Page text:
President Trump Releases Preliminary 2018 Budget Proposal

Today, U.S. President Donald Trump released his Fiscal Year (FY) 2018 budget blueprint plan, entitled America First: A Budget Blueprint to Make America Great Again. The $1.15 trillion proposal for discretionary spending would amount to an overall cut of 1.2 percent when compared to current spending levels on an annualized basis.

While the budget blueprint or “skinny budget” document that was released is not the full federal budget, its goal is to provide the U.S. Congress with an overview of the priorities of President Trump and his administration. The full budget will be released later this spring, likely in May, and will include additional details.

Key funding levels and proposals included for the U.S Departments of Homeland Security and Justice include the following:

U.S. Department of Homeland Security

The proposed budget spending level for the Department of Homeland Security is $44.1 billion, an increase of 6.8 percent from current annualized levels. The $2.8 billion proposed increase includes $2.6 billion to plan, design, and construct a wall along the southern U.S. border. The budget blueprint also proposes to eliminate or reduce state and local grant funding by $667 million for programs administered by the Federal Emergency Management Agency (FEMA). The one program identified for elimination is FEMA’s Pre-Disaster Mitigation Grant Program. The budget also proposes establishing a 25 percent non-federal cost match for FEMA preparedness grant awards that currently require no cost match.

U.S. Department of Justice

The budget blueprint recommends a funding level for the Department of Justice at $27.7 billion, a 3.8 percent cut. The budget blueprint proposes to eliminate approximately $700 million in programs within the Department of Justice. This includes eliminating $210 million for the State Criminal Alien Assistance Program. At this point, no other programs have been identified. The budget blueprint document does say it will preserve programs aimed at protecting the safety of state and local law enforcement, including Preventing Violence Against Law Enforcement Officer Resilience and Survivability and the Bulletproof Vest Partnership Program.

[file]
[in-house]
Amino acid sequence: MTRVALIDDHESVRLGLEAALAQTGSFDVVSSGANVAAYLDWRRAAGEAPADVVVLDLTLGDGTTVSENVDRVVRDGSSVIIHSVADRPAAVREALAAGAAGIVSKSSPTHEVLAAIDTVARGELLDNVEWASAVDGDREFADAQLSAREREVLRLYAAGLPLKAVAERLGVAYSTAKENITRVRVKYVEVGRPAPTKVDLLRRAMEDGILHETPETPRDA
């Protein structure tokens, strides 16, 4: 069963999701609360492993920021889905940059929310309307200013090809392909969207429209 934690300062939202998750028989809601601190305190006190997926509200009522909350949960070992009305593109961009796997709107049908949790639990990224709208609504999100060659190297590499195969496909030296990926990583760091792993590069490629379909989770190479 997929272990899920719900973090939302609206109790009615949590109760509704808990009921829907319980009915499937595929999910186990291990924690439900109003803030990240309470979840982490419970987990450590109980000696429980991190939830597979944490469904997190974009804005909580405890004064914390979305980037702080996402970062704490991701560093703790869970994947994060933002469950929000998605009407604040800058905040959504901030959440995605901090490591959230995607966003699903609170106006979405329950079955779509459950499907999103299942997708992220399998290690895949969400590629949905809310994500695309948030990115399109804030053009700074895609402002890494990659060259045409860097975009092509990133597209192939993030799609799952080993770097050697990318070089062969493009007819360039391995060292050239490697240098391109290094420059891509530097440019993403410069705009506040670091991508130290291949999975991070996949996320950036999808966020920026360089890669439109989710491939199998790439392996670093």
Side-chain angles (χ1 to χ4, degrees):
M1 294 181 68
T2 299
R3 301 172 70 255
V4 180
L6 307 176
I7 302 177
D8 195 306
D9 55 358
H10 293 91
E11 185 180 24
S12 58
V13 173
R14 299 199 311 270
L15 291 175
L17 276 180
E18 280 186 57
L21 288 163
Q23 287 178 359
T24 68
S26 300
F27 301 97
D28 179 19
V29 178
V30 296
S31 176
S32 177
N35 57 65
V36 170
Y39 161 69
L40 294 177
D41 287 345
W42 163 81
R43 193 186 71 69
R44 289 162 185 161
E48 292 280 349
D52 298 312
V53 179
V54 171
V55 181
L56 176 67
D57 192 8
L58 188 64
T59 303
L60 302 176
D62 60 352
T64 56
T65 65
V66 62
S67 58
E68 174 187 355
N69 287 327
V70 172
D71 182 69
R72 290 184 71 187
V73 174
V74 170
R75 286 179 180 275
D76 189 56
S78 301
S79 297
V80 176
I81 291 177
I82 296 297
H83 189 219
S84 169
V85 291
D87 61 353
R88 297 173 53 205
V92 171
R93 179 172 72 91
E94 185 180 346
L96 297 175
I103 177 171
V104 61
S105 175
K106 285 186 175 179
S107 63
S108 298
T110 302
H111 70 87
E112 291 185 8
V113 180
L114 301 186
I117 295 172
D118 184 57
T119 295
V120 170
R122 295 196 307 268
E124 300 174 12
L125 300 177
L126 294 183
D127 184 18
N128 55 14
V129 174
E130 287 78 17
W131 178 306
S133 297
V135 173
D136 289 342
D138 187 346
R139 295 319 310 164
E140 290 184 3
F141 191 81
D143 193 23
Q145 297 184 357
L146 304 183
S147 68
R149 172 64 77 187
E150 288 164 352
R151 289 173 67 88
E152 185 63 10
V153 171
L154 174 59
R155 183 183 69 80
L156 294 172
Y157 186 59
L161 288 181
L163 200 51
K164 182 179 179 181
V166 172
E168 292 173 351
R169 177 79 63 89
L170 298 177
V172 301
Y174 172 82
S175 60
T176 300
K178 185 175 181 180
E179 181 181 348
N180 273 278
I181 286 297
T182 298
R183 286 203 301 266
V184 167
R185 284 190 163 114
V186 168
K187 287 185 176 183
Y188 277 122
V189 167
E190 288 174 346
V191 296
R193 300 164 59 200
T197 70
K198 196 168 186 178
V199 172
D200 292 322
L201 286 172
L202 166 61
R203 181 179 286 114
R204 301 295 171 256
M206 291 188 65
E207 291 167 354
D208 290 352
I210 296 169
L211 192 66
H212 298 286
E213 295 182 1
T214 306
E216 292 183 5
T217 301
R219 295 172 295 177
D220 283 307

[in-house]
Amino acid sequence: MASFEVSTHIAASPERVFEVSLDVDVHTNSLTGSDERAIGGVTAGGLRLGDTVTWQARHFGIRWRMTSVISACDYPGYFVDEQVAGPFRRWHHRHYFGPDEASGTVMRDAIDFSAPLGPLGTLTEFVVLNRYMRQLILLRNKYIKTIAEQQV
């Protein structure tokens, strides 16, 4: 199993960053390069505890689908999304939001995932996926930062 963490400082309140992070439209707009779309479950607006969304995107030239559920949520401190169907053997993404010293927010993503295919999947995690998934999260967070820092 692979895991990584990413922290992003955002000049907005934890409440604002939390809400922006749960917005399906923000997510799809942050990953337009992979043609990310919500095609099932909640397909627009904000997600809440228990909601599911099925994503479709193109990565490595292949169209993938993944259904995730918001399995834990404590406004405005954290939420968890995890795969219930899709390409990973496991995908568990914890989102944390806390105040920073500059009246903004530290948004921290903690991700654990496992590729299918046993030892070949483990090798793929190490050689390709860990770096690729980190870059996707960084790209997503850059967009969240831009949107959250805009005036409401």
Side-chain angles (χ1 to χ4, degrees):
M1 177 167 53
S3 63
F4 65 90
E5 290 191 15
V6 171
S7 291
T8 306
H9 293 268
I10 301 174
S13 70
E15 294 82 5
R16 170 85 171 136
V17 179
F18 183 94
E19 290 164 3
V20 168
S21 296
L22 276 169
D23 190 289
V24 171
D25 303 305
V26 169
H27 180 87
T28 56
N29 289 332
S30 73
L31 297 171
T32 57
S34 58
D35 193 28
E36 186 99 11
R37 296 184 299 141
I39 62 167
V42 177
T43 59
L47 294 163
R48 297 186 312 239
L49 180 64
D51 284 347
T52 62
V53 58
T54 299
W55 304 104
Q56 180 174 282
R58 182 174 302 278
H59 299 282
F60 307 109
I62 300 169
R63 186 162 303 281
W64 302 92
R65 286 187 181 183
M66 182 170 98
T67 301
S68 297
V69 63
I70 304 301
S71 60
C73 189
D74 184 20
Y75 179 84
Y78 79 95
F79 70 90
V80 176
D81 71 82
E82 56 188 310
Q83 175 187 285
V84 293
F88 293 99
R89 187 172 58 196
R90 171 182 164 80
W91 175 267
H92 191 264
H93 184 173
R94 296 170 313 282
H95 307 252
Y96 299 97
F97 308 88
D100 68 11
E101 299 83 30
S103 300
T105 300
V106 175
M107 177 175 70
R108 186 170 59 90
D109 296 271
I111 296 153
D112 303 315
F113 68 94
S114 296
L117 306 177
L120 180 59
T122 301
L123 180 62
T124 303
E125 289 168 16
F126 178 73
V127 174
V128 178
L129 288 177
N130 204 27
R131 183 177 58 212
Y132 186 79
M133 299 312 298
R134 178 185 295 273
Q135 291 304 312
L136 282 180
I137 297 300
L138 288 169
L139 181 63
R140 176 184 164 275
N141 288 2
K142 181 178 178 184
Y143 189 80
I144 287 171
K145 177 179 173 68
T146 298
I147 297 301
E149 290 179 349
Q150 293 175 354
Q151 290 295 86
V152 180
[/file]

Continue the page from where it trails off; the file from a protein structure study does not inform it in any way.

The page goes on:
While the budget blueprint does not clearly identify what state and local law enforcement assistance programs will be cut through the Department of Justice or the Department of Homeland Security, the IACP has outlined several federal funding assistance programs for state, local, and tribal law enforcement that are a priority for the IACP and law enforcement. Further information on these programs and their importance can be found in the IACP’s Policy Priorities for the 115th Congress that was released in December 2016.

Posted in Uncategorized | Leave a comment

The State of the Media and How You Can Help

Guest Blogger: Katie Nelson, Social Media + Public Relations Coordinator, Mountain View, California, Police Department

It’s no secret that currently, the journalism industry is struggling in ways that it has never seen before. The effort to transition from print publications to a “digital first” mindset has set some of the biggest and most widely distributed news organizations into a tailspin.

News organizations are looking for ways to not only stay afloat financially, but to proactively publish first in an environment that is focused heavily on breaking news to the masses on social media. As the younger generations of journalists – who also happen to be digital natives – grow in the digital sphere, and as the rise of social media gives voice to anyone who has access to an account to report or comment on news, the question that looms large is: how can you partner with media representatives to reflect fair and accurate reporting from your agency, and even more so, is it worth it?

The short and simple answer is: yes, unequivocally.

Now more than ever, we’ve become increasingly aware of the term “fake news.” This Twitter 1concept is nothing new. Social media has allowed an unprecedented flow of communication between people from all over the world – it’s like a game of telephone for a new age. But inaccuracies and miscommunications can easily be quelled by one simple fact: you become the reporter.

Working side-by-side with news agencies to report on breaking news can only help your organization. You ensure that news is reported correctly, that scanner chatter journalists may use to initially report on incidents is minimal, and that above all, you break the news first to the people who matter most: your residents.